‘Most Misguided Artwork’ must go to Doug Aitken’s eponymous The Garden (2017): a resource-intensive indoor garden of potted plants surviving under battery-operated grow lights. These surround a life-sized, all-white, glass-boxed house stocked with IKEA-style plates, glasses, linen, table, bed, chairs. Once a day a volunteer can smash it all to pieces with a baseball bat, a live-streamed performance that apparently replicates the phenomena of ‘anger rooms’. The contents are regularly replaced in order to fuel the next day’s destructive venting. My thoughts drifted to the boatloads of displaced refugees who long for a simple home like this one, as Aitken’s garden – in practice an elaborate landfill-generating apparatus – jarred badly with the Triennial’s claimed concerns about immigration or the anthropocene. If I were the curator, I’d try to convince Aitken to call the performances off.
But let’s not belabour the inevitable weak spot. Three years in preparation, the ARoS Triennale is ambitious and civic-minded, with plenty to enjoy. Do We Dream Under the Same Sky (Nikolaus Hirsch, Michael Muller, Rirkrit Tiravanija, 2017) relocates the urban piazza they built in Basel in 2015 to an ideal beach setting: a summery seaside event space offering a chance to watch films by Apichatpong Weerasethakul or Superflex – as well as some of Aitken’s more successful works, such as Altered Earth (2012). Alicja Kwade’s mirrored rock, Be-Hide (2017), offers a rethink of the 3D digital copy as an uncanny doppelganger, while Sarah Sze’s supremely delicate Untitled (2017) – a hammock of Klein-blue threads hanging in the forest and dripping with minute golden detail – looked the perfect 21st-century flying carpet.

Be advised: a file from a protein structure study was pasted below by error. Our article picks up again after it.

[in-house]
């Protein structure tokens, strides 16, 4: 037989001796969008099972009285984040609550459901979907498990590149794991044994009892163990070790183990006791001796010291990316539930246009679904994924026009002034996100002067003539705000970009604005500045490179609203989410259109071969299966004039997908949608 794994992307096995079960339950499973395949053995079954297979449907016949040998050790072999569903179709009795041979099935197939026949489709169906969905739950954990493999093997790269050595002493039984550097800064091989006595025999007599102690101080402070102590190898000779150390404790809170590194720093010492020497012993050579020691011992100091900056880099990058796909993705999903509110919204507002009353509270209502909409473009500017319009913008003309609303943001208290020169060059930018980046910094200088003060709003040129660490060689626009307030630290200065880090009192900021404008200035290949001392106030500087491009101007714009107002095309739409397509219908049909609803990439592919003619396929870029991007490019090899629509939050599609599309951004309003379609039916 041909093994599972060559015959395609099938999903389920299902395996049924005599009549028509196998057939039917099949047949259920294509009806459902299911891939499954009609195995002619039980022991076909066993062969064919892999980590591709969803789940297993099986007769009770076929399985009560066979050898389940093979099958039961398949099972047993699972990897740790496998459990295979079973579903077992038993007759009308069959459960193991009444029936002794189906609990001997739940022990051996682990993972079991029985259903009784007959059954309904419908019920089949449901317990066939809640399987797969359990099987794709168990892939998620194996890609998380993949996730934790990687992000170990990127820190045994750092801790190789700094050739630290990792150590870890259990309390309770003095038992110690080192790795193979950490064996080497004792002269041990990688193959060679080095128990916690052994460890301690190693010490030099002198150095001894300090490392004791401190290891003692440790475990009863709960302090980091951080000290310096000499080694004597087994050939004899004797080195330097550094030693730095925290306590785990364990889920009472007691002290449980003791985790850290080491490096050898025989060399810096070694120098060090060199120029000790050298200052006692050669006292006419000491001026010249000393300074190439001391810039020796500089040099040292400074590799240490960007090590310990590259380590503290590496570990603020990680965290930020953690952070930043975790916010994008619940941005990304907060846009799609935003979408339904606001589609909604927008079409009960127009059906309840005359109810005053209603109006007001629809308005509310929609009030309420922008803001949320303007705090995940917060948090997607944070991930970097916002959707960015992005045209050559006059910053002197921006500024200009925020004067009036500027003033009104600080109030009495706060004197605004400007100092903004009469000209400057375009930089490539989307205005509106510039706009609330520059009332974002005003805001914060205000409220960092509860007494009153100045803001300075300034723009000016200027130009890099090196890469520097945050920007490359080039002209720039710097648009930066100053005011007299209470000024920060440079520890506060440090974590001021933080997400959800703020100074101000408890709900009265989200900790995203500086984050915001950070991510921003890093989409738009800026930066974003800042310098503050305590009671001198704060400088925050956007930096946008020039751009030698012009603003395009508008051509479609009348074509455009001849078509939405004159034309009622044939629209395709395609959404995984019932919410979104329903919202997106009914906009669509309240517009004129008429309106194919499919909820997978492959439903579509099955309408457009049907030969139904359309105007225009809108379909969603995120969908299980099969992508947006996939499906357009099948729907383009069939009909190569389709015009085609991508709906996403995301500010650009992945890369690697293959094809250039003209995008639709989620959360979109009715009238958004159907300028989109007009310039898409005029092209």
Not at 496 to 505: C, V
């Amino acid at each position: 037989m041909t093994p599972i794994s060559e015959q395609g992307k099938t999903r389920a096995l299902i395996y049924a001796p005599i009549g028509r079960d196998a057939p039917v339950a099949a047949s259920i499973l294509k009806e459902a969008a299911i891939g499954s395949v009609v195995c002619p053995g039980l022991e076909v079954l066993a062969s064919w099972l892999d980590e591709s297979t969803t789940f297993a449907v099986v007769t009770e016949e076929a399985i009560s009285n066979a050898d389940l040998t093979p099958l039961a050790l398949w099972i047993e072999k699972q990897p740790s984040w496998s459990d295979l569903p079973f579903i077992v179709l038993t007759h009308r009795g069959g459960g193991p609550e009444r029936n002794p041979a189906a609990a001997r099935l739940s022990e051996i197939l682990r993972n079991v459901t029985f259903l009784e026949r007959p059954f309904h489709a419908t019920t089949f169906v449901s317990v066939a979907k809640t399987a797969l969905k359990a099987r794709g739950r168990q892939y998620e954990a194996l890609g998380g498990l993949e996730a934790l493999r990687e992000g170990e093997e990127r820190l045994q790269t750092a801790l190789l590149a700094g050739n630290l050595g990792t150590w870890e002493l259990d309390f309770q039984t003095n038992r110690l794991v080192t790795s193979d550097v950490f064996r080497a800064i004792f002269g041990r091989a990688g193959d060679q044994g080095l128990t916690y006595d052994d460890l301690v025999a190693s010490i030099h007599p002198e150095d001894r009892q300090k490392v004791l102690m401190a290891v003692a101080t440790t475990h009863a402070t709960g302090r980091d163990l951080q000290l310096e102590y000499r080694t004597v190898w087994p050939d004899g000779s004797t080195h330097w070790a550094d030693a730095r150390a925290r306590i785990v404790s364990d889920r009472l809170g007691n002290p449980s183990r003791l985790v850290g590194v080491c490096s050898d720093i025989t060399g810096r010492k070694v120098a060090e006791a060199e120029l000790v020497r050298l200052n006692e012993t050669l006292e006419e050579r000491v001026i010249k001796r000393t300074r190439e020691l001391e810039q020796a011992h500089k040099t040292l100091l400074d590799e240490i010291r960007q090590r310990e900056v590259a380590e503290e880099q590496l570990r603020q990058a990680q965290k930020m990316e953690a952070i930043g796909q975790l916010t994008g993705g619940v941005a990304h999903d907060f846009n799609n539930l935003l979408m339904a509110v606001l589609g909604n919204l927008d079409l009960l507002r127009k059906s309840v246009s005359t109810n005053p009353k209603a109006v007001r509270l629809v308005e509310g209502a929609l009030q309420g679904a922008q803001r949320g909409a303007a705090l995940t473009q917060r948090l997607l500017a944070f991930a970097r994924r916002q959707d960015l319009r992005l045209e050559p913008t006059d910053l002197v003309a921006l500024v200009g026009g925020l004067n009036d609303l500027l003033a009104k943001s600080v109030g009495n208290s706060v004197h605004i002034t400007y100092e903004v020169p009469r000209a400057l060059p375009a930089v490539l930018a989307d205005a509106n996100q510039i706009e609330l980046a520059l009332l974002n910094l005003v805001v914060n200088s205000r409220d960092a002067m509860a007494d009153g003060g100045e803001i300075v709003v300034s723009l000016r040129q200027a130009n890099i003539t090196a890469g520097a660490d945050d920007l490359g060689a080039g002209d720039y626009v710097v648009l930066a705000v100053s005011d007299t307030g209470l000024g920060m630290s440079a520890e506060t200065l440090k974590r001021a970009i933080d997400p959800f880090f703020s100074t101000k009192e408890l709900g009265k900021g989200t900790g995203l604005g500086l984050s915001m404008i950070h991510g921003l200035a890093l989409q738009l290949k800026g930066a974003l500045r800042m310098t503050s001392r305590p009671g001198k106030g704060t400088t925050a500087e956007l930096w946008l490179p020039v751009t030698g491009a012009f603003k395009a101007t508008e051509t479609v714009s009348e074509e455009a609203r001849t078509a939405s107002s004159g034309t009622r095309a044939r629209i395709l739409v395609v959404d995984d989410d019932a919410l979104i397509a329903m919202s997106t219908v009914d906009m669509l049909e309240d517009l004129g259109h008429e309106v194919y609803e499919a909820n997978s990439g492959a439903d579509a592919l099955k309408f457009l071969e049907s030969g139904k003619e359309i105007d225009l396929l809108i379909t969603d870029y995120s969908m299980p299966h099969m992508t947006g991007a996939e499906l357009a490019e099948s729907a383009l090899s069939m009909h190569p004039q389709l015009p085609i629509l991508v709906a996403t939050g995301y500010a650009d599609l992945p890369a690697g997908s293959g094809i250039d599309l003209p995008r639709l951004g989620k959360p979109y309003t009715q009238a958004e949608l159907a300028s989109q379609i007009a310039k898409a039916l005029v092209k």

One can imagine the countless administrative hoops the ARoS team have had to leap through to produce this Triennial: concocting a theme able to embrace historical artworks alongside new commissions; inserting artworks into the city without alienating the citizenry; plus hitting the required visitor numbers, deadlines, budgets – the usual. We may one day pine for the worldwide faith displayed this year in places like Aarhus in the benefits of contemporary art. Our era may well be remembered for the ubiquitous public artworks scattered across the planet, all screaming that vintage year: 2017. We should probably rejoice our state of peak-Biennale, rather than just grow jaded.
Even so, proceeding from sculpture to sculpture with yet another press group, I began thinking we really were repeating some ritual, some holy procession – like the Stations of the Cross, to be exact. At each artwork we stopped to reflect solemnly, each of us reading from identical short guides as if consulting a hymnbook, and a special prayer was recited called The Curator’s Talk. When we finally reached Norwegian artist Hans Rosenström’s Shoreline (2017), a replica of an 18th-century church-inspired, ruin-like garden folly, complete with Gothic arch, framing the sea – basically an artificial, artificial ruin – the sensation of a religious pilgrimage was literalized. It was spooky.
Well done, ARoS, for pulling this off, however, I find myself awaiting ‘Mocumenta’, a This Is Spinal Tap (1984) style mock-doc film on the by-now ritualized city-wide art event. Maybe next year.
‘The Garden’ ARoS 1st Triennial runs at ARoS Aarhus Kunstmuseum from 8 April to 10 September.
Main image: Meg Webster, Solar Grow Room (detail), 2017, installation view, 1st ARoS Triennial, ARoS Aarhus Kunstmuseum. Photograph: Anders Sune Berg
Gilda Williams is an art critic and lecturer at Goldsmiths College, London. Her writing has appeared in Artforum, The Guardian, Tate etc., and more. Williams's most recent publications are the bestselling art book How to Write about Contemporary Art (Thames & Hudson, 2014) and On & By Andy Warhol (MIT/Whitechapel, 2016).